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Contributor Bios – February 2022

Rahne Alexander is an intermedia artist and writer from Baltimore, Maryland. She is a 2021 graduate of the Intermedia+Digital Arts MFA at UMBC, and a 2021 Baker Artist Prize Awardee. Her works in video, performance, music, and painting have been exhibited across the U.S. and around the world, including the Baltimore Museum of Art, Tephra Institute of Contemporary Art, and MIX NYC. She performs music as 50 Foot Woman and as the front woman of the rock band Santa Librada. She is a contributor to BmoreArt, and her writing has been anthologized in OnCurating #42, Love, You (Urban Ivy, 2020), and the Lambda Literary Award-winning anthology Take Me There: Trans and Genderqueer Erotica (Cleis, 2011). Her OutWrite-award-winning chapbook of collected essays Heretic to Housewife was published by Neon Hemlock in 2019. Learn more at

Mary E. Croy lives in Madison, Wisconsin where she works as an administrative assistant. She spent nine years teaching English Language Learners in Ha Noi, Viet Nam. During her free time, Mary likes reading poetry and hanging out with her cats, Buster and Gabby. Her work has appeared in Better than Starbucks, Woven Tale Press, and Valley Voices, among others.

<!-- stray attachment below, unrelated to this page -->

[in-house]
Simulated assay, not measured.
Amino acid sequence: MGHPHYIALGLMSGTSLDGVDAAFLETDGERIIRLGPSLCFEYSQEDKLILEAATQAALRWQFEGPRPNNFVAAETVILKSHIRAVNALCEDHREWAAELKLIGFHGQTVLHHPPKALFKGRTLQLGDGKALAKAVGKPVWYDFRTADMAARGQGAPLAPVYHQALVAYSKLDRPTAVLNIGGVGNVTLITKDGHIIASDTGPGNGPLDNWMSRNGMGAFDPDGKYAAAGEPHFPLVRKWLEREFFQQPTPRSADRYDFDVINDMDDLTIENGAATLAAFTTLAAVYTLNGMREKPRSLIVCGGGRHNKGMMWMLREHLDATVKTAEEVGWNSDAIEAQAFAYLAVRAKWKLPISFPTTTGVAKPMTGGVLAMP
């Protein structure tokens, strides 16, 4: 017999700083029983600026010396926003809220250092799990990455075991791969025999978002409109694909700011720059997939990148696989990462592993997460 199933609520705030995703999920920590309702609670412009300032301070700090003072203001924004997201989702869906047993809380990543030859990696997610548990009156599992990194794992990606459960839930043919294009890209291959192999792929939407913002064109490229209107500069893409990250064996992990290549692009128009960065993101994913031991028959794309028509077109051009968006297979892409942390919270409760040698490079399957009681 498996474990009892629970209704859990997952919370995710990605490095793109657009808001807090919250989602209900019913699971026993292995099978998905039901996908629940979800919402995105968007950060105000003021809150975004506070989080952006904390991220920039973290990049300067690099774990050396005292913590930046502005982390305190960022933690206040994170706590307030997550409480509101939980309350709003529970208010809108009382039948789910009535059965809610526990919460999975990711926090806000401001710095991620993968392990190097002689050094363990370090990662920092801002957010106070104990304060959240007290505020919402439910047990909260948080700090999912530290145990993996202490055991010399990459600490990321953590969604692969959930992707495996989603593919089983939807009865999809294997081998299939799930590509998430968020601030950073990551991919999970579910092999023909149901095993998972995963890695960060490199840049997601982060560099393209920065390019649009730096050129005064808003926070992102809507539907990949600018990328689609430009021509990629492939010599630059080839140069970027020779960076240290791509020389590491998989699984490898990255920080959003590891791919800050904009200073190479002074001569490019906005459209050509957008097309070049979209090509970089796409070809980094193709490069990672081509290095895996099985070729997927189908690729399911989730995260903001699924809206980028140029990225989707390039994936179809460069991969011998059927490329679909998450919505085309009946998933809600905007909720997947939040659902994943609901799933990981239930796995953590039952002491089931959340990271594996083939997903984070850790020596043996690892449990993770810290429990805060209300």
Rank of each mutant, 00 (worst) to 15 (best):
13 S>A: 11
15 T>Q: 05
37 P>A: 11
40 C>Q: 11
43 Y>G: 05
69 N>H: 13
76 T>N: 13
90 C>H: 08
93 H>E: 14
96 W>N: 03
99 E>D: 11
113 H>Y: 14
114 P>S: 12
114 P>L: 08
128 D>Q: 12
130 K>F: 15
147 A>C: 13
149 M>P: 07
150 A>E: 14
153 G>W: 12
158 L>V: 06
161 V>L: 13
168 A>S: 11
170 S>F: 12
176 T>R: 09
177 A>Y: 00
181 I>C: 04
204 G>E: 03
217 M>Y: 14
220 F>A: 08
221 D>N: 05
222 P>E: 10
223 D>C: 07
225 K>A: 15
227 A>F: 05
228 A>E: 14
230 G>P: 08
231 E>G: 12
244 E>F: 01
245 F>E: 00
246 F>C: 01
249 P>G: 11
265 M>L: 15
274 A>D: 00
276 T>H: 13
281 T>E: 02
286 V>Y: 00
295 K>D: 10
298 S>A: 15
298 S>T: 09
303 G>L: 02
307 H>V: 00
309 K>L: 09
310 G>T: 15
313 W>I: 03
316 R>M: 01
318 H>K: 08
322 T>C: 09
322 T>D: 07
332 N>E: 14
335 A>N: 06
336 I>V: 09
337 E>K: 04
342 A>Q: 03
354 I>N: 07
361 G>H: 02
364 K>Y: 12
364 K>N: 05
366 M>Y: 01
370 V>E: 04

Teresa Duggan is a Baltimore city photographer and artist at large. Found humor, ephemeral scenes and street surprises are #1 these days, but anything’s possible. See more photos in this CityPaper featureBaker Artist Portfolio, or Instagram.

Marcelo Funes-Gallanzi and Raquel-IA — Rachael-IA started life 10 years ago as a collaborative project between a small Mexico-based collective (with members from México, Israel, United Kingdom and Italy) and The Goodwill Company of Guildford, UK (which provided the general cognition engine at the heart of the system) with the aim of developing a virtual artist able to take in an arbitrary text and return an “artistic” aesthetically-pleasing representation of it… a first stab at ekphrastic art if you will! The group is led by Marcelo Funes-Gallanzi, who completed his Ph.D. in engineering at the University of Warwick in 1995 and was chosen as the most influential person in Artificial Intelligence in the United Kingdom in 2014 by the British Innovation Council for his work on language simplification and its application to Raquel. This work is useful for two main reasons: it helps us understand the brain and human creativity and it helps improve artificial intelligence systems. Rachael-IA uses vocabulary-reduction and a free-association of ideas between what the user writes and ekphrastic descriptions of a knowledge base of artworks; sentence by sentence. Once the visitor asks her to generate an image, she applies her skills about painting in order to produce an original new piece of art, representative of the text provided. Much remains to be done – such as adding styles, textures, synesthesia and symbolism – and we are particularly keen to find collaborators in the Arts & literary community to help us expand the knowledge base of artworks and also to refine her “artistic skills”. Learn more at, on Instagram @ekphrastic_ai_art, Twitter @EkphrasticA, or